28 <strong>ANXIETY</strong>, <strong>NOSTALGIA</strong>, <strong>AND</strong> <strong>MISTRUST</strong> whites by social class. Two-thirds (67%) of white working-class Americans agree that Islam is incompatible with American values and way of life, while white college-educated Americans are evenly divided (50% agree, 50% disagree). Majorities of every major Christian religious group say that Islam is incompatible with American values and way of life, including 73% of white evangelical Protestants, 63% of white mainline Protestants, 61% of Catholics, and 55% of black Protestants. By contrast, among Americans who identify with non-Christian religious groups (including Jews, Muslims, Hindus, Buddhists, and other world religions), only 37% agree, while 58% disagree. Religiously unaffiliated Americans are also far less likely to believe that Islam is incompatible with American values (41% agree, 58% disagree). Americans’ perspectives on Islam are also strongly influenced by their political leanings. A majority of independents (57%), and more than three-quarters of Republicans (76%) and Tea Party members (77%), agree that Islam is at odds with American values and way of life. Nearly six in ten (57%) Tea Party members strongly agree with this statement. By contrast, only 43% of Democrats say that Islam is incompatible with American culture, compared to 52% who disagree.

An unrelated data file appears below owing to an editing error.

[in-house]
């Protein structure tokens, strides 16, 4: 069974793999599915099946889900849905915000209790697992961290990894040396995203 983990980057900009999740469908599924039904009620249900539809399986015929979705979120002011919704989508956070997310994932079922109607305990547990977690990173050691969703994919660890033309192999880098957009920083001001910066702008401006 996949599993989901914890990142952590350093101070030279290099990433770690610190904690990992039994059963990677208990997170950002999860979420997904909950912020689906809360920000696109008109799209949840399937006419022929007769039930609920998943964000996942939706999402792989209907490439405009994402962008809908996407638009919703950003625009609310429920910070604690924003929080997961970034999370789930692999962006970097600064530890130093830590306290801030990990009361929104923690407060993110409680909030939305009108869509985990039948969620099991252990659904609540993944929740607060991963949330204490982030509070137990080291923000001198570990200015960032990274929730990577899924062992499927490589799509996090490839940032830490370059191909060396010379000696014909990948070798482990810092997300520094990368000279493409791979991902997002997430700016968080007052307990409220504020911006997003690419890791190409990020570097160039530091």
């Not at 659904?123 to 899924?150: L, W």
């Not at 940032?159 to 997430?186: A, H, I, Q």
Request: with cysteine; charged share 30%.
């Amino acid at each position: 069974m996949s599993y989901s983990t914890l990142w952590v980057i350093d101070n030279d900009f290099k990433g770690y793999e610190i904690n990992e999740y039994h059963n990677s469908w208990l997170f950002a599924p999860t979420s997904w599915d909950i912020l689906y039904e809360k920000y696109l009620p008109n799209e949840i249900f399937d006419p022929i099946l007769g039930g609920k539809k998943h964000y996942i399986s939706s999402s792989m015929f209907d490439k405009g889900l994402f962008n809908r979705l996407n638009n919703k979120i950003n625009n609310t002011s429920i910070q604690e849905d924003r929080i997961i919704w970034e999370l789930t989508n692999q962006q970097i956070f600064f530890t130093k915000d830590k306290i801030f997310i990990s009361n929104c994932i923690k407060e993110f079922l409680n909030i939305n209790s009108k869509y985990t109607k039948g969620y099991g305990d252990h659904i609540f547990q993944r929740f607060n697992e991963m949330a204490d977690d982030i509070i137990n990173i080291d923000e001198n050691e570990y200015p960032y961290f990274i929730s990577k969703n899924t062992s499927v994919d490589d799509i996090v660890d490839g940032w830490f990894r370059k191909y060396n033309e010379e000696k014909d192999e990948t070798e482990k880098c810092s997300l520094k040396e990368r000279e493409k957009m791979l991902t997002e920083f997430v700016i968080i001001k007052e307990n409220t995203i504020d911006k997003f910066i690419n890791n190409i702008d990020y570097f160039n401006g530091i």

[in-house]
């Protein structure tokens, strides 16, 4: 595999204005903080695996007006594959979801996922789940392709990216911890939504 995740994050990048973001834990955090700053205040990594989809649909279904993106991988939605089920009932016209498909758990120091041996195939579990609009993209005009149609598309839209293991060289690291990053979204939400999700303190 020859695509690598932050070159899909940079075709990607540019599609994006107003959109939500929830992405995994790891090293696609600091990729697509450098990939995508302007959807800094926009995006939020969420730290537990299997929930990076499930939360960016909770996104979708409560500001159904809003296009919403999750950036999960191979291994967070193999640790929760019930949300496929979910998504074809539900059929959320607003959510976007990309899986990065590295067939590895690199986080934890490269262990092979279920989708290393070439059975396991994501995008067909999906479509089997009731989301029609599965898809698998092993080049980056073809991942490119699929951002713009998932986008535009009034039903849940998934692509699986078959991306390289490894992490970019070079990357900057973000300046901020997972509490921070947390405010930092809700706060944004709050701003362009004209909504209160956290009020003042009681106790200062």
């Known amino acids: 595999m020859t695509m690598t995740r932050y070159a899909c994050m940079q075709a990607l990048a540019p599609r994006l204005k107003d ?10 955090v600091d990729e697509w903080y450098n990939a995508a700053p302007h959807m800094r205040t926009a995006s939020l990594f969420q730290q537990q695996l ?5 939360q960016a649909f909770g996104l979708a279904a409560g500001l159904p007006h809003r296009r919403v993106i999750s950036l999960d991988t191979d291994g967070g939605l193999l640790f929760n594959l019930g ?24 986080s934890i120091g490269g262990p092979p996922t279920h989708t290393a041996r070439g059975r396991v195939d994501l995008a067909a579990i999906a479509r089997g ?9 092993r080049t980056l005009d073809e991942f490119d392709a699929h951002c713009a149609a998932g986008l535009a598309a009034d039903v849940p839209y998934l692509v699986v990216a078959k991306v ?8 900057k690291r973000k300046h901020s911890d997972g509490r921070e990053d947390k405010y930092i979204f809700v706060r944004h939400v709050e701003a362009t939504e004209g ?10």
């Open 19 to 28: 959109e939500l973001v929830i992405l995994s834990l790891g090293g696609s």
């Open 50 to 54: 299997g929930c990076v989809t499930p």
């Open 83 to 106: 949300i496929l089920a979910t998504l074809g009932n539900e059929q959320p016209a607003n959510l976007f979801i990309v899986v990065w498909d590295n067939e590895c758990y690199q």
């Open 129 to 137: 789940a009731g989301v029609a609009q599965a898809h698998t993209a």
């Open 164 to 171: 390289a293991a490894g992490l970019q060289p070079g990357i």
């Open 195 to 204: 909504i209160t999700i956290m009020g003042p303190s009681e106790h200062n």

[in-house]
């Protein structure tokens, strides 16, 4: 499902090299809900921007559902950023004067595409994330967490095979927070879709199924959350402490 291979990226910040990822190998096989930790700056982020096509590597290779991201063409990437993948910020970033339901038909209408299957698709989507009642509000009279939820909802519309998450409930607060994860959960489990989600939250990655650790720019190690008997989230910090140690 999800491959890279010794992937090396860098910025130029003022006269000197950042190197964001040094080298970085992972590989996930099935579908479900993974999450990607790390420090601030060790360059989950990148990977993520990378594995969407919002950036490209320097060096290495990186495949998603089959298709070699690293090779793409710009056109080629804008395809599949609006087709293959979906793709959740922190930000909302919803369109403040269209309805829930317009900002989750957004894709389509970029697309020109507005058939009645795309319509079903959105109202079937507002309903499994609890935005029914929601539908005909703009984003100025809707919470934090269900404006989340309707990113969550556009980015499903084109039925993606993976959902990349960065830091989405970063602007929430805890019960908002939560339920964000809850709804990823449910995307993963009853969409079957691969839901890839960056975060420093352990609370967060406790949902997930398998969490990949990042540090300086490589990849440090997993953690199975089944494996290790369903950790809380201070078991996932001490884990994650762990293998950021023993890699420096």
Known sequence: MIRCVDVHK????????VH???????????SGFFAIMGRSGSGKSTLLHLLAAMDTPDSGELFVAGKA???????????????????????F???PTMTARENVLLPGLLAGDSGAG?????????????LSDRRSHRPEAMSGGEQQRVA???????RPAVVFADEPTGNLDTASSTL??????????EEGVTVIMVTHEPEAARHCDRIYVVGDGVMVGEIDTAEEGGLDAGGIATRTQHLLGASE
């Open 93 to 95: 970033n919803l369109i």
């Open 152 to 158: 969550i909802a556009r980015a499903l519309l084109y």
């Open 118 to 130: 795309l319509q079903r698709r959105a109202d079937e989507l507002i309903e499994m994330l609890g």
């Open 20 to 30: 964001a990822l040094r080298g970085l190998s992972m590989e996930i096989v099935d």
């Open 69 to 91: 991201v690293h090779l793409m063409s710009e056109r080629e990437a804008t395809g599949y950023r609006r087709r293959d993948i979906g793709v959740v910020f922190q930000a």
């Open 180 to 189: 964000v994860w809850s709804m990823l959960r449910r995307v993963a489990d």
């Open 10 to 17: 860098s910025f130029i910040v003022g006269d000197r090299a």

FINDINGS FROM THE 2015 AMERICAN VALUES SURVEY 29 Part IV. American Institutions and Government: Confidence and Representation Confidence in Institutions There is a wide disparity in the public’s confidence in major institutions in the country. While majorities of the public report having a great deal or some confidence in the police (75%), the criminal justice system (62%), and organized religion (55%), no more than half say they have a great deal or some confidence in the federal government (50%), news organizations (47%), and large business corporations (46%). There are large racial disparities in attitudes toward the police and the criminal justice system. More than eight in ten (83%) white Americans say they have a great deal or some confidence in the police, compared to roughly seven in ten (69%) Hispanic Americans and fewer than half (48%) of black Americans. A slim majority (52%) of black Americans say they have little or no confidence in the police. Similar racial gaps appear in views of the criminal justice system. Two-thirds FIGURE 11. How much confidence do you have in each of the following institutions in American society? Percent saying a great deal or some By party affiliation All Americans Republican Independent Democrat 100 90 80 60 40 75 71 70 70 62 71 59 59 60 59 55 55 51 48 50 44 47 46 42 44 40 43 41 20 0 The police The criminal justice system Organized religion The federal government News organizations Large business corporations Source: PRRI 2015 American Values Survey.